That’s just the way it is.by Osakwe Nwamaka
Anne huddled her six siblings to the front of the house. The sun heated the sand beneath their calloused feet. They shelled dried palm kernel. The nut would be their lunch. And the shells would be used to start a fire for the evening meal. Afterward the children played suwe. A woman in a cream shirt, with ruffled collar, tucked in a brown pencil skirt came to the house. She wore bright red lipstick the colour of fresh blood. The woman talked to Mama. Mama spoke with Papa. They talked far into the night
Anne's mother told her she would be going to Lagos. She told her to put her eyes on the ground. Her prospects were better out there.
Anne went to Lagos. She stayed with red lips woman. The woman lived in a big house. She called the woman 'Aunty'. And the woman's husband 'Brother'. They said it was 'Bush'. So she called him 'Uncle'. They had a four month old baby. She did not see her family for three years.
In the beginning she did not go to school as her mother said she would. She stayed at home. She took care of the baby. She played suwe alone on the cold floor tiles while the baby slept. She had three huge meals a day. She slept by twelve midnight most nights. She ate meat. She stored some bread in her bag of clothes for emergency even though she never had need of it. She forgot how to laugh. She stopped playing.
She started school the following year. She could not answer the questions they asked her at school. "The best we can do is primary one" said the headmistress. Anne wanted to say 'But I was in primary five back home.' She did not. "That's okay," Aunty replied.
She was the biggest in the class. She sat at the back. She chanted the multiplication table to the toddler in the evenings. And the states and their capitals when she rocked the child to sleep. Her command of spoken English language improved.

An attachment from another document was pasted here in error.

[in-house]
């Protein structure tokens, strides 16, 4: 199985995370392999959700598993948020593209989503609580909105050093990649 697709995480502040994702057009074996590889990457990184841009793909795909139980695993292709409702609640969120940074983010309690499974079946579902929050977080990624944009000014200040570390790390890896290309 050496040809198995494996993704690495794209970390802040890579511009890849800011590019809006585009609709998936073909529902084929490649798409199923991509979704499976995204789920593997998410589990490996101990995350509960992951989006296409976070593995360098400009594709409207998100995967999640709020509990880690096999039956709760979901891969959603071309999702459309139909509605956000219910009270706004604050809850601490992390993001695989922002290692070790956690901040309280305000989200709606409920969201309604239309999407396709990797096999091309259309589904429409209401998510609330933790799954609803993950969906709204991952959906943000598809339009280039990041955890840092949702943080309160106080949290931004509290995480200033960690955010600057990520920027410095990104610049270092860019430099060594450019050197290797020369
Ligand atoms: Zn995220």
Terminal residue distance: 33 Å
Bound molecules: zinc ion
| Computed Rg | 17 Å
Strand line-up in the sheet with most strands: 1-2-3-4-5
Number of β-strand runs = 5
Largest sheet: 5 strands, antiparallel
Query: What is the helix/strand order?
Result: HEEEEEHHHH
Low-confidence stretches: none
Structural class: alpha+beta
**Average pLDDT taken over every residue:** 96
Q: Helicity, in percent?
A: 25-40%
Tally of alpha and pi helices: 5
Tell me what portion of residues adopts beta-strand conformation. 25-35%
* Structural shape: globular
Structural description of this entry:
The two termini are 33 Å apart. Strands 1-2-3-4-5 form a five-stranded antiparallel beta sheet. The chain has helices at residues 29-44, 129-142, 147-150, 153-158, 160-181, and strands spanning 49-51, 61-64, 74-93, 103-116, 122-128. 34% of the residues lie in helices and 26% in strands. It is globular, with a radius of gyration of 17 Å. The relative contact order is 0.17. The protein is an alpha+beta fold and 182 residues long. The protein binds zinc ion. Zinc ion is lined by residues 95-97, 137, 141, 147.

"How can you be in primary one? You're older than me." A frown was etched on Sade's face.
"How old are you?" Sade asked.
Anne put one hand, palm up, over the other.
"What do you know?" Sade asked. Her eyes were guileless. Her family lived next door.
Sade brought her books. She asked her to start with 'Queen's Primer'.
"You have to learn to sound the words not memorize them," Sade said to her.
"Why is the letter 'A' pronounced 'ah' sometimes and 'a' some other times" Anne asked.
Sade had no answer. "That's just the way it is," she said finally.
Each day was a blur. Except for Sade who taught her to laugh again.
Aunty had another baby. Anne did not go to school for a week. Uncle got angry. Aunty got angry. Anne went to school. Her chores suddenly increased.
She went home for Christmas. Mama hugged her. Papa smiled. Her siblings chattered. Mama asked questions. She answered them. Then there was nothing to say.
She returned to Lagos. She read to the children.
Her breasts budded. Blood seeped from her insides. Aunty gave her tissue paper. She told her how to use it. Sade told her everything else.
"I'd like to be a doctor." Sade said one day.
Anne thought Sade would make a good doctor. She told her so.
"What would you like to be?" Sade asked.
Anne thought about it. "Maybe a teacher."
"Studying to be a teacher looks like it will be cheap."
Sade was perpelexed. She didn't understand why Anne could not go to the university like her 'Aunty'. Why she wanted to become a teacher because it was cheap.
"My Aunty is not like your mummy." Anne told her.
The bump in front grew. The bump behind grew. Aunty's friends hmmphed.
One day Anne spread her undergarment on the lines. The panties had holes. Uncle came to the back of the house. He saw the holes. Shame covered Anne's eyes. She hurried into the house.
Uncle spoke to Aunty. Aunty got furious. They raised their voices. Then there was silence.
The next week Aunty searched Anne's bags. Then she sent her home. Anne did not get to say goodbye.
Mama sighed and said "You are always welcome home."
Every day she spoke a little more with her siblings.
She sold dried fish for her mother in the market. She passed in front of the ironmonger work site on her way to the market. Her hips swayed. His eyes shone.
The ironmonger came to the house. He came with his white haired father. Papa accepted his wine and kolanuts. Papa called his kinsmen.
Anne packed the books Sade had given her into a box. Mama folded new wrappers into another box.
The ironmonger returned with more members of his family. They came with yams, kolanuts, soaps, chewing sticks, tobacco and plenty drinks.
She drank from the cup. He drank from the cup. She went to his house. She cried that night. She thought about Sade. Sade had answers to every question but one.
She opened the box when her child was three. Queen's Primer was at the top. Ah, Bbb, Cck. The sounds had not left her.
Why is 'A' sometimes pronounced 'Ah' and sometimes 'A' her son asked when he was nearly five. She was silent for a while. "That's just the way it is," she said eventually.